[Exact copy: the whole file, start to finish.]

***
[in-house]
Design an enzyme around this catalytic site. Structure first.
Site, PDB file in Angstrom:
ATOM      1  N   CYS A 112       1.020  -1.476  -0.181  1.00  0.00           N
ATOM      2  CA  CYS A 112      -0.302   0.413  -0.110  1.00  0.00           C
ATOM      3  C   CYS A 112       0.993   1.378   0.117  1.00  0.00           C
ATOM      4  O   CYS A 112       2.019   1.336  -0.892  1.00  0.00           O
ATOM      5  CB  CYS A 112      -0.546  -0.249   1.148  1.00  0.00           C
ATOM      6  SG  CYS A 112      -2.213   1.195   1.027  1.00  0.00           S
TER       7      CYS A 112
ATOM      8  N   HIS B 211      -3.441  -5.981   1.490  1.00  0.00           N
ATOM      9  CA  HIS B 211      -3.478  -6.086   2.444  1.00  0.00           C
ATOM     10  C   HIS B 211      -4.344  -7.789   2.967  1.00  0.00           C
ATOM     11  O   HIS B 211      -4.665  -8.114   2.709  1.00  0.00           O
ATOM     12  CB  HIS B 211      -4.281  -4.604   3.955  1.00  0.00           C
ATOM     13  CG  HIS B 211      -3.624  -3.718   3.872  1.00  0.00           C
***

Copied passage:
[in-house]
Design an enzyme around this catalytic site. Structure first.
Site, PDB file in Angstrom:
ATOM      1  N   CYS A 112       1.020  -1.476  -0.181  1.00  0.00           N
ATOM      2  CA  CYS A 112      -0.302   0.413  -0.110  1.00  0.00           C
ATOM      3  C   CYS A 112       0.993   1.378   0.117  1.00  0.00           C
ATOM      4  O   CYS A 112       2.019   1.336  -0.892  1.00  0.00           O
ATOM      5  CB  CYS A 112      -0.546  -0.249   1.148  1.00  0.00           C
ATOM      6  SG  CYS A 112      -2.213   1.195   1.027  1.00  0.00           S
TER       7      CYS A 112
ATOM      8  N   HIS B 211      -3.441  -5.981   1.490  1.00  0.00           N
ATOM      9  CA  HIS B 211      -3.478  -6.086   2.444  1.00  0.00           C
ATOM     10  C   HIS B 211      -4.344  -7.789   2.967  1.00  0.00           C
ATOM     11  O   HIS B 211      -4.665  -8.114   2.709  1.00  0.00           O
ATOM     12  CB  HIS B 211      -4.281  -4.604   3.955  1.00  0.00           C
ATOM     13  CG  HIS B 211      -3.624  -3.718   3.872  1.00  0.00           C